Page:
Sri Lanka captain Angelo Mathews has defended the controversial run-out of England's Jos Buttler during his side's one-day international win at Edgbaston.
Bowler Sachithra Senanayake twice warned Buttler for straying out of his crease at the non-striker's end before removing the bails to dismiss him.
"I would stick by it," said Mathews after the six-wicket win. "What we did was completely within the rules."
But England skipper Alastair Cook said: "I thought it was a pretty poor act."
England coach Peter Moores added: "Angelo has made his decision. It's not for me to comment why he did it. I was disappointed in it.
"That's all I can really say. He's made his choice and obviously he's happy with it."
Buttler was walking down the pitch as off-spinner Senanayake ran in to bowl in readiness to run.
But Sri Lanka, who clinched the series 3-2 with the win, felt Buttler was attempting to gain an unfair advantage, not only at Edgbaston but during his century at Lord's in the previous ODI.
"He was taking starts, not only this game but in the last game as well," explained Mathews.
"We gave him two warnings. I don't know what else you can do to stop him doing that, so we had to go for it."
Law 42.11 from the International Cricket Council's playing regulations for international cricket states that "the bowler is permitted, before releasing the ball and provided he has not completed his usual delivery swing, to attempt to run out the non-striker".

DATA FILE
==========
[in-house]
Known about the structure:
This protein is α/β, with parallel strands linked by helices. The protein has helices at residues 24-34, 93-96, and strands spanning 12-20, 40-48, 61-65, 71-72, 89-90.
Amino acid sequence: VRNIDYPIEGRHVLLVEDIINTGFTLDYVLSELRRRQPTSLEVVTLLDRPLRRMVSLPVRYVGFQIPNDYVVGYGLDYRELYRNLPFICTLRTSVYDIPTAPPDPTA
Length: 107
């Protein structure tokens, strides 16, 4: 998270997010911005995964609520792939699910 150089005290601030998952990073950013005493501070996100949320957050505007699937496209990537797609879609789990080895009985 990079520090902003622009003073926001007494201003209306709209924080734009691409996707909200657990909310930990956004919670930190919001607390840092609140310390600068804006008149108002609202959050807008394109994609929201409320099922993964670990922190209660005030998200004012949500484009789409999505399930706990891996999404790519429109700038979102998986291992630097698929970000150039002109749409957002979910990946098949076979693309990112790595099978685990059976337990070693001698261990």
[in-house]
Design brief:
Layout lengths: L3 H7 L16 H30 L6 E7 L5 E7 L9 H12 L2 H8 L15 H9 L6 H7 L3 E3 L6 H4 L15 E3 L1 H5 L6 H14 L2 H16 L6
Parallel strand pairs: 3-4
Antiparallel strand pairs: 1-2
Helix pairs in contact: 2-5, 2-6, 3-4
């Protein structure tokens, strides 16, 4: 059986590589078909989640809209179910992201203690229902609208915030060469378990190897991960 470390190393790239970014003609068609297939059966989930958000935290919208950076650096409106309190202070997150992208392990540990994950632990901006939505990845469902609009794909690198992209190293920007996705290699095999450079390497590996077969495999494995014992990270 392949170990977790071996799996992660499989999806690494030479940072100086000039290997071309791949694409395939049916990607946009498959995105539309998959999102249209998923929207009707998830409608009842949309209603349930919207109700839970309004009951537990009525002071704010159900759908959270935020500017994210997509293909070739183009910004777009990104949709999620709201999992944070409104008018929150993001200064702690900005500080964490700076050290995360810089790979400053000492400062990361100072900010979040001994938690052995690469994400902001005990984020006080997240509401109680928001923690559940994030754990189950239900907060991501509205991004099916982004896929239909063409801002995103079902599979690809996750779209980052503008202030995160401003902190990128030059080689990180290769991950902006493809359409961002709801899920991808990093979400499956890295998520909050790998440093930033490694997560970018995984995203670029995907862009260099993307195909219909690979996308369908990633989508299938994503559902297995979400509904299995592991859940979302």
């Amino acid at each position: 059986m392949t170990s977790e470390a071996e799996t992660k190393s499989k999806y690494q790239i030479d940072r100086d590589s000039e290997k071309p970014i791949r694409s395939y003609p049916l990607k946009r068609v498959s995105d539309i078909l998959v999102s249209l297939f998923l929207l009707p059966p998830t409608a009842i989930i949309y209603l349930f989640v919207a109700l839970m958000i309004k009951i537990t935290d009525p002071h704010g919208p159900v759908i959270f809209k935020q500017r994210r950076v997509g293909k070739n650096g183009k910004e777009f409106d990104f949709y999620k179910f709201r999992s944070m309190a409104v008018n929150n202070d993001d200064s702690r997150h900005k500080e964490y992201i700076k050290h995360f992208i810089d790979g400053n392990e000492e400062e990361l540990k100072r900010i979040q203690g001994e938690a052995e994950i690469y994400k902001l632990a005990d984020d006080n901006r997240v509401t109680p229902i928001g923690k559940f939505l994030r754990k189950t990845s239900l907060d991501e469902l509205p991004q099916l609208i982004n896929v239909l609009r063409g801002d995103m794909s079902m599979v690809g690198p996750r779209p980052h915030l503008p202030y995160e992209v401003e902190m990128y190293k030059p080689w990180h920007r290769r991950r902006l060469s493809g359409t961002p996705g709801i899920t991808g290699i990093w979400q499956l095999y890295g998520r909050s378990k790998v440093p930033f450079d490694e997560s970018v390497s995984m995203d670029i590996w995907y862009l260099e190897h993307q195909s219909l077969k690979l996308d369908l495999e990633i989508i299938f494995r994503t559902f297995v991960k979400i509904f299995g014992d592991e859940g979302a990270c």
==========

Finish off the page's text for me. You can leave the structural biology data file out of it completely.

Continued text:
But not everyone agrees it is a fair way to dismiss a batsman, and there is a stigma attached to such an act.
Before giving Buttler out, umpire Michael Gough checked with Mathews that he was happy with Senanayake's appeal.
Mathews backed his bowler, but Cook said it was a mode of dismissal from which he would not have been comfortable to benefit.
"You don't know until you're put in that position, but I hope I wouldn't," said Cook afterwards.
"Yes, he had warned him, but it was not as if he was sprinting down the wicket. There's a way of doing things, in my opinion."
Former England spinner Phil Tufnell, a pundit on BBC's Test Match Special during the game, said it was a "poor" move by Sri Lanka.
"Senanayake's gone through his action," he said. "Buttler was out of his crease, but then everybody would be. There will be feeling in that England dressing room that they had some injustice done to them."
Former England skipper Michael Vaughan was also critical of Sri Lanka.
He wrote on Twitter: "Totally blame the captain... He is the man who makes the decisions and should have overturned the decision... No way to play the game."
But former England captain Alec Stewart said Sri Lanka were within their rights to appeal.
"With the laws of the game as they are, Sri Lanka are entitled to appeal," he told TMS.
"We don't like to see that, but why have that law when it can't be used?"
Fellow ex-skipper Michael Atherton told Sky Sports: "It's fair enough. The way I grew up playing in the leagues you were told to stay in your ground until the bowler releases the ball. You've got to keep your bat in the crease.
"You see a lot of batsmen wandering aimlessly out of their ground. It's a good lesson for him - don't be dozy and keep your bat in your crease."
In an unrelated matter, Senanayake had been reported to the ICC for a suspected illegal bowling action by the umpires after Saturday's fourth match in the series.
However, he is permitted to continue bowling, provided that he undergoes an ICC test within 21 days.